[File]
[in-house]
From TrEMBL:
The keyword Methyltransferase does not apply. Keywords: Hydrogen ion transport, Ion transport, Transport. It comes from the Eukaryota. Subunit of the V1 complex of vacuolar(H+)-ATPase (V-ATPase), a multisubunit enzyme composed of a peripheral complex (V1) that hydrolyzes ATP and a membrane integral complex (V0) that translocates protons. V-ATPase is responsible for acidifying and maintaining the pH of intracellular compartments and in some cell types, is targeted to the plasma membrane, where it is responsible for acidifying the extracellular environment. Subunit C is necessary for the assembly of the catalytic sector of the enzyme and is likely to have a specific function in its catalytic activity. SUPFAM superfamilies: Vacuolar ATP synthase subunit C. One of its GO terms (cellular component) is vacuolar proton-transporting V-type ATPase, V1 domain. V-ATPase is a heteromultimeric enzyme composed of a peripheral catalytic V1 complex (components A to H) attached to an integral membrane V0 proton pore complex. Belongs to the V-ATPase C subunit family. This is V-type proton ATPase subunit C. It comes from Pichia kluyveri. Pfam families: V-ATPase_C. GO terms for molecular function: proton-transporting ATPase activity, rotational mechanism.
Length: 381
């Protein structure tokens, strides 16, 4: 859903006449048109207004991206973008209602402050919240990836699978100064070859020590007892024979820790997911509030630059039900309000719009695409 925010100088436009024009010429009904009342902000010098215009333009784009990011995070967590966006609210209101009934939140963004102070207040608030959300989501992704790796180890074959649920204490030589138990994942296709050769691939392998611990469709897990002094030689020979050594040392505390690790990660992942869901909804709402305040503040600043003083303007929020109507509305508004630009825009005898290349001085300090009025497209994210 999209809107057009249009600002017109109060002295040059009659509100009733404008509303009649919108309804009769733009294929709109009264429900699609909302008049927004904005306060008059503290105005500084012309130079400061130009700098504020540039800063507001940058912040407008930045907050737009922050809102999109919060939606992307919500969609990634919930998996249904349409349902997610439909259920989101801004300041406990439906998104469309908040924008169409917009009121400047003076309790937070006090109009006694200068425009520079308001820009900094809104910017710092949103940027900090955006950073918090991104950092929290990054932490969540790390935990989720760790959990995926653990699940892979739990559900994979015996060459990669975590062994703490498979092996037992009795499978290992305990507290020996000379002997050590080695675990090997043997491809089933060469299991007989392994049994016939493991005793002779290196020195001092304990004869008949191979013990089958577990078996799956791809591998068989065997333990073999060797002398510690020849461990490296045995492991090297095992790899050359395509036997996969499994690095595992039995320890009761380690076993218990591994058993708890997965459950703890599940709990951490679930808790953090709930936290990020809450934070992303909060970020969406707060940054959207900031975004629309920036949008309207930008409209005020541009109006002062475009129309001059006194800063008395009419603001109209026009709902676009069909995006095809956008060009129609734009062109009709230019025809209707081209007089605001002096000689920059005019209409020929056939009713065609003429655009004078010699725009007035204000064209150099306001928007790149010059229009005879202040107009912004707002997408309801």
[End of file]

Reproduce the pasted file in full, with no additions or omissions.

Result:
[in-house]
From TrEMBL:
The keyword Methyltransferase does not apply. Keywords: Hydrogen ion transport, Ion transport, Transport. It comes from the Eukaryota. Subunit of the V1 complex of vacuolar(H+)-ATPase (V-ATPase), a multisubunit enzyme composed of a peripheral complex (V1) that hydrolyzes ATP and a membrane integral complex (V0) that translocates protons. V-ATPase is responsible for acidifying and maintaining the pH of intracellular compartments and in some cell types, is targeted to the plasma membrane, where it is responsible for acidifying the extracellular environment. Subunit C is necessary for the assembly of the catalytic sector of the enzyme and is likely to have a specific function in its catalytic activity. SUPFAM superfamilies: Vacuolar ATP synthase subunit C. One of its GO terms (cellular component) is vacuolar proton-transporting V-type ATPase, V1 domain. V-ATPase is a heteromultimeric enzyme composed of a peripheral catalytic V1 complex (components A to H) attached to an integral membrane V0 proton pore complex. Belongs to the V-ATPase C subunit family. This is V-type proton ATPase subunit C. It comes from Pichia kluyveri. Pfam families: V-ATPase_C. GO terms for molecular function: proton-transporting ATPase activity, rotational mechanism.
Length: 381
């Protein structure tokens, strides 16, 4: 859903006449048109207004991206973008209602402050919240990836699978100064070859020590007892024979820790997911509030630059039900309000719009695409 925010100088436009024009010429009904009342902000010098215009333009784009990011995070967590966006609210209101009934939140963004102070207040608030959300989501992704790796180890074959649920204490030589138990994942296709050769691939392998611990469709897990002094030689020979050594040392505390690790990660992942869901909804709402305040503040600043003083303007929020109507509305508004630009825009005898290349001085300090009025497209994210 999209809107057009249009600002017109109060002295040059009659509100009733404008509303009649919108309804009769733009294929709109009264429900699609909302008049927004904005306060008059503290105005500084012309130079400061130009700098504020540039800063507001940058912040407008930045907050737009922050809102999109919060939606992307919500969609990634919930998996249904349409349902997610439909259920989101801004300041406990439906998104469309908040924008169409917009009121400047003076309790937070006090109009006694200068425009520079308001820009900094809104910017710092949103940027900090955006950073918090991104950092929290990054932490969540790390935990989720760790959990995926653990699940892979739990559900994979015996060459990669975590062994703490498979092996037992009795499978290992305990507290020996000379002997050590080695675990090997043997491809089933060469299991007989392994049994016939493991005793002779290196020195001092304990004869008949191979013990089958577990078996799956791809591998068989065997333990073999060797002398510690020849461990490296045995492991090297095992790899050359395509036997996969499994690095595992039995320890009761380690076993218990591994058993708890997965459950703890599940709990951490679930808790953090709930936290990020809450934070992303909060970020969406707060940054959207900031975004629309920036949008309207930008409209005020541009109006002062475009129309001059006194800063008395009419603001109209026009709902676009069909995006095809956008060009129609734009062109009709230019025809209707081209007089605001002096000689920059005019209409020929056939009713065609003429655009004078010699725009007035204000064209150099306001928007790149010059229009005879202040107009912004707002997408309801």